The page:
Electric bikes have existed for years, but until recently were a fairly rare sight in the UK. Those who bought one were either cycling enthusiasts or people who specifically needed a helping hand because they couldn’t cycle without assistance, or wanted to cycle longer distances.

Now, you can buy electric bikes from plenty of bike shops and they’re even in Halfords. Prices have come down, too, and the cheapest models start from under £500, such as the Assist for £479.

You might consider that a lot of money, but it’s cheap compared to top-end electric bikes which cost several thousand pounds.

Riding an e-bike is great fun, not least because you can accelerate away from a stop quickly and beat your friends to the top of hills. And they take the misery out of hills.

What are electric bikes?

Exactly what they sound like: a bicycle with an electric motor that drives either one of the wheels. On more expensive bikes (typically over £1500) the motor can be built into the frame and drive the cranks directly.

Best electric bike buying guide

The motor is there to assist you when you’re pedalling, and it really helps to get up hills and it makes it easy to cycle in a headwind.

Once you’ve ridden an electric bike it can be hard to go back to a purely pedal-powered one.

To power the motor, and electric bike needs a battery and currently these are still quite large and heavy. And you need a bigger battery if you want bigger range, so electric bikes which claim to last up to 80 miles or more will have the biggest batteries.

There’s a knock-on effect: more weight. Every e-bike we’ve tested weighs more than the equivalent standard bike as the motor, battery and associated wiring and electronics weigh somewhere in the region of 5-8kg.

If that doesn’t sound significant, you’ll soon realise just how heavy these bikes are when you try to carry one up a flight of steps or lift one into a car.

How do electric bikes work?

They typically have a screen or a control panel on the handlebars which offers several assistance levels. If you want to get some exercise at the same time as making hills a bit easier, you can choose a low level.

At the top assistance level, you might hardly have to pedal at all.

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Best electric bike buying guide

Some come with a thumb throttle so you can increase the assistance instantly, but under UK law this is not allowed. Bike which meet current regulations come with no throttle at all and the motor just senses when you’re pedalling.

Special brake levers are installed on some e-bikes. These detect when you apply the brakes and cut power to the motor.

Which electric bike should I buy?

As well as deciding on a budget, you need to choose what type of bike you want. E-bikes come in all shapes and sizes. From fold-up models, through commuter and touring versions to full-on road and mountain bikes, there’s something to suit everyone.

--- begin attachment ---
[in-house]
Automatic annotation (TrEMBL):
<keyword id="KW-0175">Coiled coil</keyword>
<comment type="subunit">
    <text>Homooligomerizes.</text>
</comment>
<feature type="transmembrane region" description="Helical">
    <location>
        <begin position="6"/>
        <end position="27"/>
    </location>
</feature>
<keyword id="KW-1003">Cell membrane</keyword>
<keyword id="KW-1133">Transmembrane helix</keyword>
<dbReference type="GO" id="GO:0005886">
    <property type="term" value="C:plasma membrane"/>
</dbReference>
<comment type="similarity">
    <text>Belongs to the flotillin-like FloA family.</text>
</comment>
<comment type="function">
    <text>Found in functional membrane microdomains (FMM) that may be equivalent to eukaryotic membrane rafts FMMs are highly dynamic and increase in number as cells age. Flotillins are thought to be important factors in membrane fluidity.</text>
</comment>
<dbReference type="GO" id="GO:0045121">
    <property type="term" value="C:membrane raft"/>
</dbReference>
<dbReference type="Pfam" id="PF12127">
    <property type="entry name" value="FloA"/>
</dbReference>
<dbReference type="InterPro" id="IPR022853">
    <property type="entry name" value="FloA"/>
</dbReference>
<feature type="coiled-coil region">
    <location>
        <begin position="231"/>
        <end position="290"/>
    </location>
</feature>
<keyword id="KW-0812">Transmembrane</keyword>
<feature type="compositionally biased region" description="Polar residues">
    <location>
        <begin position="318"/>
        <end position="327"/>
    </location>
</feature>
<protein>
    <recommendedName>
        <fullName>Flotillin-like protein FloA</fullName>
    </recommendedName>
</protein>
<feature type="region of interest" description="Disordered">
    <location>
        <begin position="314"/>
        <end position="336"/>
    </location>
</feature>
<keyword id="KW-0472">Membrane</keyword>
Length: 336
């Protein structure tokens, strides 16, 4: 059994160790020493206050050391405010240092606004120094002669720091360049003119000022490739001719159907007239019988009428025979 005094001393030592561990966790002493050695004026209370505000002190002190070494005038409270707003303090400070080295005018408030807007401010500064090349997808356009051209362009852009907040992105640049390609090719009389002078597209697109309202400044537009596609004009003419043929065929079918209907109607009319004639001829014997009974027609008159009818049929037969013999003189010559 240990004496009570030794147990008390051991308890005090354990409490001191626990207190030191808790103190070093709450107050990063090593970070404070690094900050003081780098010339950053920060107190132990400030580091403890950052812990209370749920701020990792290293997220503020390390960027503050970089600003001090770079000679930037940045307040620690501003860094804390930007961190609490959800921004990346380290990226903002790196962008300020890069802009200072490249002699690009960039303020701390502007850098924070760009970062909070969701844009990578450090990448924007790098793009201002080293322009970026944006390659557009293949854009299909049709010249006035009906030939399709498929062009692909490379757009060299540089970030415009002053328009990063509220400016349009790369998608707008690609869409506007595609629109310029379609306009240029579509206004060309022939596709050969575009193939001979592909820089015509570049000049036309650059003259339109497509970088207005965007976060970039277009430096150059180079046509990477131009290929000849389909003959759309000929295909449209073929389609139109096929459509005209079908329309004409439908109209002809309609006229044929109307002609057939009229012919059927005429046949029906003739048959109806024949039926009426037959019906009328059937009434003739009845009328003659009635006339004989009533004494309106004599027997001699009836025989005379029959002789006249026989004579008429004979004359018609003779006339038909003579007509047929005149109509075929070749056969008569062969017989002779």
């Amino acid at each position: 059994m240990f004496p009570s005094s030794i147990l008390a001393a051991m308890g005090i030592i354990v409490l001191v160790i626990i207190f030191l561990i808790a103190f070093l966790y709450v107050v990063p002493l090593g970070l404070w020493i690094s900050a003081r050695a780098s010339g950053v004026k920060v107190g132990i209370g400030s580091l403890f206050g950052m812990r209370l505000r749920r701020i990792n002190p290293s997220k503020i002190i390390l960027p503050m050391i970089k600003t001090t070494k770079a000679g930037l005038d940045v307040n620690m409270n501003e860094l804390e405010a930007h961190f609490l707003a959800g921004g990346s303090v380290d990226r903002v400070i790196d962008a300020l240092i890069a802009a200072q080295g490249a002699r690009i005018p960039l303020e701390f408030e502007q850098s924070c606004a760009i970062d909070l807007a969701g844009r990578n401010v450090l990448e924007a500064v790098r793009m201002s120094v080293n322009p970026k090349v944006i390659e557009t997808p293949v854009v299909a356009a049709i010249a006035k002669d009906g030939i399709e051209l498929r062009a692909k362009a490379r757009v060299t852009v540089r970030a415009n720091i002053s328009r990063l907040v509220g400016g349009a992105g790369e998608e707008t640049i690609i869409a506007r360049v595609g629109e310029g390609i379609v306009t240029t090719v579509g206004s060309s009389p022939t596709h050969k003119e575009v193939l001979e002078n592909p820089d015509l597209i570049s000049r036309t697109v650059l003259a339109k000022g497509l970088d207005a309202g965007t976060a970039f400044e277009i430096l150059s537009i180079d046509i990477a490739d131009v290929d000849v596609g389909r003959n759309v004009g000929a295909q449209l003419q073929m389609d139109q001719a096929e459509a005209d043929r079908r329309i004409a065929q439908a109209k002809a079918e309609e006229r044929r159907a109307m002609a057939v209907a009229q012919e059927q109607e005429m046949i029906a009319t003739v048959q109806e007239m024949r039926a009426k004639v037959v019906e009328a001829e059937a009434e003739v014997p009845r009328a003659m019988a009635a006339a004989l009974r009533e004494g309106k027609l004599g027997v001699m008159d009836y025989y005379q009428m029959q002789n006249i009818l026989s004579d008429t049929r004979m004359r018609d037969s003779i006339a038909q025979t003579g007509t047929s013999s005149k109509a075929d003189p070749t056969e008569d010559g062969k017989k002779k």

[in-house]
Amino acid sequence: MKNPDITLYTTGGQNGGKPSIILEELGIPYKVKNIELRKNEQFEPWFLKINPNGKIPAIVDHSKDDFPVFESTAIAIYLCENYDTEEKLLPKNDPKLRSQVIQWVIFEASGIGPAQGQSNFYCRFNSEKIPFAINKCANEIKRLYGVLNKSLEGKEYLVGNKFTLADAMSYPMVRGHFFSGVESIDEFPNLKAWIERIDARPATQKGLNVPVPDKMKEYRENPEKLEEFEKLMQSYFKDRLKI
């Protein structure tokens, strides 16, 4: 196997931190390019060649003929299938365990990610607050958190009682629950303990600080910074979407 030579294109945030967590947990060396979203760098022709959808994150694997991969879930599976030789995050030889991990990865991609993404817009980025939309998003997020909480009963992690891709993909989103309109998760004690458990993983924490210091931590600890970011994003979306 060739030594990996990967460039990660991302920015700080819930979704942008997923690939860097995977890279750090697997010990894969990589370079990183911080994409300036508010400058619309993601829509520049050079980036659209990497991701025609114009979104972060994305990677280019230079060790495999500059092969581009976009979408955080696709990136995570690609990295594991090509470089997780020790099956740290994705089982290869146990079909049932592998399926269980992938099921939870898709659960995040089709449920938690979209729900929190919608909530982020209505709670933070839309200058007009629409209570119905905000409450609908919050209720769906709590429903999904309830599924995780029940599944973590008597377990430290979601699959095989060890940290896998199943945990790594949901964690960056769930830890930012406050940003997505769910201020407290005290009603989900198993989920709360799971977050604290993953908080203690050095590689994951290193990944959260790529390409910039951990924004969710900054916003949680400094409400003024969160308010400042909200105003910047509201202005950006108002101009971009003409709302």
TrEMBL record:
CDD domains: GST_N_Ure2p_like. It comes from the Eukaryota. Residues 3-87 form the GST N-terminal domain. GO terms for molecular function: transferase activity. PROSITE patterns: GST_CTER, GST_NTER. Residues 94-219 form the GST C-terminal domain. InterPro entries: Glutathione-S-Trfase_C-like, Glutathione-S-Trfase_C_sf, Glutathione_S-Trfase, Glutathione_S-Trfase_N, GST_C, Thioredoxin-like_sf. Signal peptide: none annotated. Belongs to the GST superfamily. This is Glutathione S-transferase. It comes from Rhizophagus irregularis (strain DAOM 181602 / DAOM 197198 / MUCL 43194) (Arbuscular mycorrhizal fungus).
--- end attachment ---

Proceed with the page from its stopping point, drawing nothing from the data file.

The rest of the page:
Best electric bike buying guide

Some designs are nicer than others. The best e-bikes are hard to tell apart from regular bikes, which also makes them less of a target for thieves.

Many bike shops will let you try before you buy, so when you have a shortlist, it’s worth riding them all to see which you prefer.

Best electric bike buying guide

Any other considerations?

There are laws in the UK covering electric bikes, and you can read more about which electric bikes are legal to use on the road.

Bikes that conform must have a motor 250 watts or less, and must not operate the motor over 15.5mph. Also, you have to be 14 or older to ride one.

You should also consider warranty and longevity. An e-bike may be cheap, but if a component fails you don’t want to have to pay to send the whole thing overseas for repair. Worse still, if you can’t get replacement parts at all, your bike may cease to work at all.

Similarly, it’s worth getting a branded battery (Panasonic, Samsung etc) or at least checking if you can buy replacement batteries. Lithium-ion packs can be recharged between 800 and 1000 times, which could mean a three-year lifespan if you commute to and from work. And batteries will lose their capacity over time, meaning the bike’s assisted range will decrease as the battery ages.

A removable battery means you can take it indoors to charge: handy if you don’t have a mains socket in your shed.

Finally, ask your employer if you can buy an e-bike on the ride-to-work or Cyclescheme . This can knock off a big chunk of the cost. For example, it could take a £1,500 model down to £1,000. And that’s cheaper than even a Zone 1-2 annual Travelcard in London.

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